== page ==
Many people are drawn to Positive Discipline because they want to treat their children respectfully and they are against punishment. Others want to learn how to use punishment in positive way and are shocked when they learn that Positive Discipline does not advocate any form of punishment. They assume, therefore, the Positive Discipline advocates permissivenessfar from the truth.
            A person who is against punishment often marries a person who thinks eliminating punishment leads to permissivenesswhoops! Many of you have heard me share about Mr./Mrs. Strict and Mr./Mrs. Lenient:

Opposites Attract: When One Parent Is Kind And The Other Is Firm
It is interesting to note that two people with these opposing philosophies often get married. One has a tendency to be just a little too lenient. The other has a tendency to be just a little too strict. Then the lenient parent thinks he or she needs to be just a little more lenient to make up for the mean-old-strict parent. The strict parent thinks he or she needs to be just a little more strict to make up for the wishy-washy lenient parent—so they get further and further apart and fight about who is right and who is wrong. In truth they are both being ineffective.

Enter kindness and firmness at the same time.

Being kind and firm at the same time is a foundation concept of Positive Discipline. PD stops being PD when you are too kind without being firm and/or when you are too firm without being kind.
    Positive Discipline stops being Positive Discipline when you are too kind or too firm. The attached activity is designed to increase your awareness of your style, to get into the child’s world to understand what your style may invite, and to practice kindness and firmness and the same time.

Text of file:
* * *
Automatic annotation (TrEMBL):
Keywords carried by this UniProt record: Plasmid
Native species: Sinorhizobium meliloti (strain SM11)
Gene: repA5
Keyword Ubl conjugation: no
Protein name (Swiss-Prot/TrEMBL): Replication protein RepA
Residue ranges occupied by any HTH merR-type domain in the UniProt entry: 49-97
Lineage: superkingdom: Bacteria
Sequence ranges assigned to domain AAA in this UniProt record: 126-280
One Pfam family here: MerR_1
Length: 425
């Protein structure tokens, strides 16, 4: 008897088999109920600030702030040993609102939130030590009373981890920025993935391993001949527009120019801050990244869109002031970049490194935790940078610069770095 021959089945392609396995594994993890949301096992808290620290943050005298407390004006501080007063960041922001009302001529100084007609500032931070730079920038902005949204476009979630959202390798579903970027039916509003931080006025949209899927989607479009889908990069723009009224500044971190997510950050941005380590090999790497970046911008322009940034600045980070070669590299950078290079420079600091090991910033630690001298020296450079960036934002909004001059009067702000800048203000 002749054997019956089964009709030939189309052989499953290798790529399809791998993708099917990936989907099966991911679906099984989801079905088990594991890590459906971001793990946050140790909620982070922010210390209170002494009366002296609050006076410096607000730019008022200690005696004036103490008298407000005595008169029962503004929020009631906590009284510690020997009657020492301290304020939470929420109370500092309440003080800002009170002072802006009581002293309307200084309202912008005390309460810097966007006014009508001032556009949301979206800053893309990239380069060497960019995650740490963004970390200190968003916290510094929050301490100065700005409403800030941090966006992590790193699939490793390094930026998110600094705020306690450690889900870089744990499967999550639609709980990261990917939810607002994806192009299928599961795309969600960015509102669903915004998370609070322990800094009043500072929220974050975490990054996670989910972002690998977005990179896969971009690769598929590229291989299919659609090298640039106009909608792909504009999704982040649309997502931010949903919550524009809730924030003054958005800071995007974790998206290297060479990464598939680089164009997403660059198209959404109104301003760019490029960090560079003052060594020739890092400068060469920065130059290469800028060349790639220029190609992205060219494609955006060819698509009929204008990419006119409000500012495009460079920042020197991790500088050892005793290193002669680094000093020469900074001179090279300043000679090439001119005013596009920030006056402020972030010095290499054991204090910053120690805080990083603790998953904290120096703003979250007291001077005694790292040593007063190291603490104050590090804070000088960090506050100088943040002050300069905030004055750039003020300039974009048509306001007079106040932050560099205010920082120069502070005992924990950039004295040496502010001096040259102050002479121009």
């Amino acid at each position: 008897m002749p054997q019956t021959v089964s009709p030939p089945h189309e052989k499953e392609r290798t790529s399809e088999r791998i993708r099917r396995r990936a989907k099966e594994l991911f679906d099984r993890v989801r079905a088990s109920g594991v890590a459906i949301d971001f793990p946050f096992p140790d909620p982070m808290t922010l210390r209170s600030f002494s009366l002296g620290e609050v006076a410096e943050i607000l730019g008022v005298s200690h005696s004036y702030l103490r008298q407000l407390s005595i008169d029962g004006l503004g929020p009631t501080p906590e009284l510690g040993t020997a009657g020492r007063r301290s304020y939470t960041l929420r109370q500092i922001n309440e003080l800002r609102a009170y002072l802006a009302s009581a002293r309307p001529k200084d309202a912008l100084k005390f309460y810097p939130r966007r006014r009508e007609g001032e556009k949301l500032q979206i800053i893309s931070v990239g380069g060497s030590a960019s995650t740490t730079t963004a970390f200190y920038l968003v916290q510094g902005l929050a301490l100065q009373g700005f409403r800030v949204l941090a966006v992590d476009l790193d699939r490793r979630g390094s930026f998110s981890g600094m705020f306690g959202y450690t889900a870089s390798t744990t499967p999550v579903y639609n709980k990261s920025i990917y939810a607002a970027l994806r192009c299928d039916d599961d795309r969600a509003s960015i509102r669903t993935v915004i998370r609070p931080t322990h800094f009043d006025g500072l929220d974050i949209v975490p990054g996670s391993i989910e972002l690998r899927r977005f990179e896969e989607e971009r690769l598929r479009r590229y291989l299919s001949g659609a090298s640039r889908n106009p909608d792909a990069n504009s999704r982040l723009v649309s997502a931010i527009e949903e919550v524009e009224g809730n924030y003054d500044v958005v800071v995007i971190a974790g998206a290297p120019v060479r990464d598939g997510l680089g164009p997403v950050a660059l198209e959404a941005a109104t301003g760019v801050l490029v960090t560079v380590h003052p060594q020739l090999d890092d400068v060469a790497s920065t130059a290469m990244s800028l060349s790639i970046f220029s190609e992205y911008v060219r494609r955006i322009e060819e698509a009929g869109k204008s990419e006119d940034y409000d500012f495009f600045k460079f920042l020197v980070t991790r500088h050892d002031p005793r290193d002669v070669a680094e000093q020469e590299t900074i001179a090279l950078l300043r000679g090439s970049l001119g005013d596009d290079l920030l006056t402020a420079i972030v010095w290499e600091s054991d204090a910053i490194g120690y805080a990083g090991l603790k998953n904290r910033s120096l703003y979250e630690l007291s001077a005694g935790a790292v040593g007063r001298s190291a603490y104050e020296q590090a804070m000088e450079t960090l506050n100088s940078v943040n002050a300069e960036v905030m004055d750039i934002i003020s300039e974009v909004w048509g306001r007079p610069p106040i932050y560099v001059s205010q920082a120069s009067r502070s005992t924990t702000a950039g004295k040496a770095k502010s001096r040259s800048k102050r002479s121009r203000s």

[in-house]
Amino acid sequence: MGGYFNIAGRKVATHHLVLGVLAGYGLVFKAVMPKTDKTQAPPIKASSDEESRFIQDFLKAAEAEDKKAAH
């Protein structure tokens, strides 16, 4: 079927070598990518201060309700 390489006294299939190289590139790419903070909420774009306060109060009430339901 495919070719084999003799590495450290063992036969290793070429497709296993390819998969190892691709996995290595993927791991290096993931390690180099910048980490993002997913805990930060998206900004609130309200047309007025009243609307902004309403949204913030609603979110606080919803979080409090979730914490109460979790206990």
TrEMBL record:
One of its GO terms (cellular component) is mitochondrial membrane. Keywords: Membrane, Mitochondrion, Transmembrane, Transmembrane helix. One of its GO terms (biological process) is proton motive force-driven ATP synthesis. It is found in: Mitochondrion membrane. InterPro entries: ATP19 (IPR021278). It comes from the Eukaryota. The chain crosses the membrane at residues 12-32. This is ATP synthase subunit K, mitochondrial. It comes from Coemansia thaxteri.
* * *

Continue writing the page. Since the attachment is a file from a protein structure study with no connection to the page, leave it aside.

Kind and Firm at the Same Time Activity

(Adapted from an activity by Terry Chadsey,
based on the work of Barry Johnson on Polarities)


To help parents understand the value of being kind and firm at the same time.


Questionnaire at the end of the directions

Comment:  Beware of “either/or” thinking. Life is not always about either/or.  Think about having to choose between breathing in and breathing out.  Wouldn’t it be better to think in terms of both/and?  


  1. Fill out the questionnaire below. During the chat we will discuss the following points:

  1. What insights did you gain by filling out the questionnaire?

  1. Do you lean toward being too kind, too firm, or vacillate between the two extremes?

  1. If you have a tendency to be too kind without being firm, what can you learn from people who have a tendency to be firm? If you have a tendency to be too firm without being kind, what can you learn from people you have a tendency to be kind?

 Comment:  Being just kind or just firm can be as dangerous psychologically as just breathing in or just breathing out can be physiologically. Positive Discipline tools are based on being both kind AND firm.

(Please answer all questions to increase awareness of yourself land others.)

1.     What kind of environment do parents hope to create for children by being kind?

2.     What characteristics do parents hope their children will learn from an environment of kindness?

3.     What do kind parents think are the negatives of being firmwhat kind of environment are they afraid children will experience from too firmness (which they may think of as punishment)?

4.     What kind of environment do parents hope to create for children by being firm?

5.     What characteristics do parents hope their children learn from and environment of firmness?

6.     What do firm parents think are the negatives of being kindwhat kind of environment are they afraid children will experience from too kindness (which they may think of as permissive)?